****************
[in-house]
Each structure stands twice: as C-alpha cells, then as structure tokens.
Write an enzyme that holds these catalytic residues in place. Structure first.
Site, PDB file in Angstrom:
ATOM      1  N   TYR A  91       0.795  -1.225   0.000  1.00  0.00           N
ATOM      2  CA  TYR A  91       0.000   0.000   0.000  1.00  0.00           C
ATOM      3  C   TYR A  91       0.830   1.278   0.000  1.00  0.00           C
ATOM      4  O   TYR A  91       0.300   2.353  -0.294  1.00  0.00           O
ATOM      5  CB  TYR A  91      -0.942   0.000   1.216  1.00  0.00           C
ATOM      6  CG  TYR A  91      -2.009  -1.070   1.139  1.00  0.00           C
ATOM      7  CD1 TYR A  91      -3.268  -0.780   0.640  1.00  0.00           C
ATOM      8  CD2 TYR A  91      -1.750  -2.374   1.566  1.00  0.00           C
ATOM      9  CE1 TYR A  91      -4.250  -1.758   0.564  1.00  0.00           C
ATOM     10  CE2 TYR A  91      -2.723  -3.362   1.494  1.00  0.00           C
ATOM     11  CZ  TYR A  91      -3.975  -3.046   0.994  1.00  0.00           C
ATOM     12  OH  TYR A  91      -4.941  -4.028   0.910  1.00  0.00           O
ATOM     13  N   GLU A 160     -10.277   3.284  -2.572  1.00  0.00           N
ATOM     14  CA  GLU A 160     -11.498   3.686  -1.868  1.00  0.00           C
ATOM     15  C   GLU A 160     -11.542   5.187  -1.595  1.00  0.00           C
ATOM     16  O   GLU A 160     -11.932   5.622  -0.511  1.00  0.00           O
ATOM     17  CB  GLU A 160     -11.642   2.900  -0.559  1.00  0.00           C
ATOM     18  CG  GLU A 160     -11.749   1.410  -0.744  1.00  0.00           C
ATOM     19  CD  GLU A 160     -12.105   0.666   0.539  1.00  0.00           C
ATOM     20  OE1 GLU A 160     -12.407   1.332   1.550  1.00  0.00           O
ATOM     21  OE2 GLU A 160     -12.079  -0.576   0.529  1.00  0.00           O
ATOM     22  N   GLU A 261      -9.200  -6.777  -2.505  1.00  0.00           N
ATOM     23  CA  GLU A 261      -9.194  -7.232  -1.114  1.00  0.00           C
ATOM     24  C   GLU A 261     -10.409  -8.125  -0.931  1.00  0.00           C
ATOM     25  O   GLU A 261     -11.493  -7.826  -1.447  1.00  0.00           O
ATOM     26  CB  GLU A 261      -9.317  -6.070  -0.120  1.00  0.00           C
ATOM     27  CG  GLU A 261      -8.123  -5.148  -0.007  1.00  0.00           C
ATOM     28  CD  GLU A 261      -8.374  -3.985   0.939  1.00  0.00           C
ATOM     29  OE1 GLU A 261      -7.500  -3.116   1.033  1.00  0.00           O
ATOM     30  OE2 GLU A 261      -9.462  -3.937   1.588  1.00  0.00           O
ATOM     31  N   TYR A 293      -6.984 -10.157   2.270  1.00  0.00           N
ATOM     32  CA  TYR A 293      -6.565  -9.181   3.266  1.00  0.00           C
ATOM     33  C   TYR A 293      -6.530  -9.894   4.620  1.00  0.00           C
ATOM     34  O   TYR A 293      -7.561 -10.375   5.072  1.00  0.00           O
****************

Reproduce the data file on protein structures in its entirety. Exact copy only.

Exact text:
[in-house]
Each structure stands twice: as C-alpha cells, then as structure tokens.
Write an enzyme that holds these catalytic residues in place. Structure first.
Site, PDB file in Angstrom:
ATOM      1  N   TYR A  91       0.795  -1.225   0.000  1.00  0.00           N
ATOM      2  CA  TYR A  91       0.000   0.000   0.000  1.00  0.00           C
ATOM      3  C   TYR A  91       0.830   1.278   0.000  1.00  0.00           C
ATOM      4  O   TYR A  91       0.300   2.353  -0.294  1.00  0.00           O
ATOM      5  CB  TYR A  91      -0.942   0.000   1.216  1.00  0.00           C
ATOM      6  CG  TYR A  91      -2.009  -1.070   1.139  1.00  0.00           C
ATOM      7  CD1 TYR A  91      -3.268  -0.780   0.640  1.00  0.00           C
ATOM      8  CD2 TYR A  91      -1.750  -2.374   1.566  1.00  0.00           C
ATOM      9  CE1 TYR A  91      -4.250  -1.758   0.564  1.00  0.00           C
ATOM     10  CE2 TYR A  91      -2.723  -3.362   1.494  1.00  0.00           C
ATOM     11  CZ  TYR A  91      -3.975  -3.046   0.994  1.00  0.00           C
ATOM     12  OH  TYR A  91      -4.941  -4.028   0.910  1.00  0.00           O
ATOM     13  N   GLU A 160     -10.277   3.284  -2.572  1.00  0.00           N
ATOM     14  CA  GLU A 160     -11.498   3.686  -1.868  1.00  0.00           C
ATOM     15  C   GLU A 160     -11.542   5.187  -1.595  1.00  0.00           C
ATOM     16  O   GLU A 160     -11.932   5.622  -0.511  1.00  0.00           O
ATOM     17  CB  GLU A 160     -11.642   2.900  -0.559  1.00  0.00           C
ATOM     18  CG  GLU A 160     -11.749   1.410  -0.744  1.00  0.00           C
ATOM     19  CD  GLU A 160     -12.105   0.666   0.539  1.00  0.00           C
ATOM     20  OE1 GLU A 160     -12.407   1.332   1.550  1.00  0.00           O
ATOM     21  OE2 GLU A 160     -12.079  -0.576   0.529  1.00  0.00           O
ATOM     22  N   GLU A 261      -9.200  -6.777  -2.505  1.00  0.00           N
ATOM     23  CA  GLU A 261      -9.194  -7.232  -1.114  1.00  0.00           C
ATOM     24  C   GLU A 261     -10.409  -8.125  -0.931  1.00  0.00           C
ATOM     25  O   GLU A 261     -11.493  -7.826  -1.447  1.00  0.00           O
ATOM     26  CB  GLU A 261      -9.317  -6.070  -0.120  1.00  0.00           C
ATOM     27  CG  GLU A 261      -8.123  -5.148  -0.007  1.00  0.00           C
ATOM     28  CD  GLU A 261      -8.374  -3.985   0.939  1.00  0.00           C
ATOM     29  OE1 GLU A 261      -7.500  -3.116   1.033  1.00  0.00           O
ATOM     30  OE2 GLU A 261      -9.462  -3.937   1.588  1.00  0.00           O
ATOM     31  N   TYR A 293      -6.984 -10.157   2.270  1.00  0.00           N
ATOM     32  CA  TYR A 293      -6.565  -9.181   3.266  1.00  0.00           C
ATOM     33  C   TYR A 293      -6.530  -9.894   4.620  1.00  0.00           C
ATOM     34  O   TYR A 293      -7.561 -10.375   5.072  1.00  0.00           O